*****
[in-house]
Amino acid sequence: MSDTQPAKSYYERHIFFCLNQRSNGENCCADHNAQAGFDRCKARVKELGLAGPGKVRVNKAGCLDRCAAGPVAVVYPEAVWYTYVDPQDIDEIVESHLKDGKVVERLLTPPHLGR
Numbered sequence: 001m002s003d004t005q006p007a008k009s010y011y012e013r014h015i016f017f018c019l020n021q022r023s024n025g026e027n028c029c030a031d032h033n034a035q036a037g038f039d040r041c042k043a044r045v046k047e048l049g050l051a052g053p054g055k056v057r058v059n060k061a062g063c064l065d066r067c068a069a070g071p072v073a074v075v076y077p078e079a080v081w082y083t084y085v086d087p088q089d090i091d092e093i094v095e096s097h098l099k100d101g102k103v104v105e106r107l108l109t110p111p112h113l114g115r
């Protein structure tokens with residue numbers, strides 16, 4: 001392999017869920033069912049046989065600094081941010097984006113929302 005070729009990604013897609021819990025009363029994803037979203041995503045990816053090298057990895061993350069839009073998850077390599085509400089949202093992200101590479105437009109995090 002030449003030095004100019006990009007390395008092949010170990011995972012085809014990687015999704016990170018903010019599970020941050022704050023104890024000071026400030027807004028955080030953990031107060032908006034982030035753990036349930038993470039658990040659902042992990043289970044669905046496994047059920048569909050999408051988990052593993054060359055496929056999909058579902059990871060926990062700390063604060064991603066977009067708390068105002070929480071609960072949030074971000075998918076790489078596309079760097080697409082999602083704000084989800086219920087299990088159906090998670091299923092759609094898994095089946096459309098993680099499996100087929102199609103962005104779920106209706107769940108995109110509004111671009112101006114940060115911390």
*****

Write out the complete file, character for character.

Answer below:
[in-house]
Amino acid sequence: MSDTQPAKSYYERHIFFCLNQRSNGENCCADHNAQAGFDRCKARVKELGLAGPGKVRVNKAGCLDRCAAGPVAVVYPEAVWYTYVDPQDIDEIVESHLKDGKVVERLLTPPHLGR
Numbered sequence: 001m002s003d004t005q006p007a008k009s010y011y012e013r014h015i016f017f018c019l020n021q022r023s024n025g026e027n028c029c030a031d032h033n034a035q036a037g038f039d040r041c042k043a044r045v046k047e048l049g050l051a052g053p054g055k056v057r058v059n060k061a062g063c064l065d066r067c068a069a070g071p072v073a074v075v076y077p078e079a080v081w082y083t084y085v086d087p088q089d090i091d092e093i094v095e096s097h098l099k100d101g102k103v104v105e106r107l108l109t110p111p112h113l114g115r
């Protein structure tokens with residue numbers, strides 16, 4: 001392999017869920033069912049046989065600094081941010097984006113929302 005070729009990604013897609021819990025009363029994803037979203041995503045990816053090298057990895061993350069839009073998850077390599085509400089949202093992200101590479105437009109995090 002030449003030095004100019006990009007390395008092949010170990011995972012085809014990687015999704016990170018903010019599970020941050022704050023104890024000071026400030027807004028955080030953990031107060032908006034982030035753990036349930038993470039658990040659902042992990043289970044669905046496994047059920048569909050999408051988990052593993054060359055496929056999909058579902059990871060926990062700390063604060064991603066977009067708390068105002070929480071609960072949030074971000075998918076790489078596309079760097080697409082999602083704000084989800086219920087299990088159906090998670091299923092759609094898994095089946096459309098993680099499996100087929102199609103962005104779920106209706107769940108995109110509004111671009112101006114940060115911390």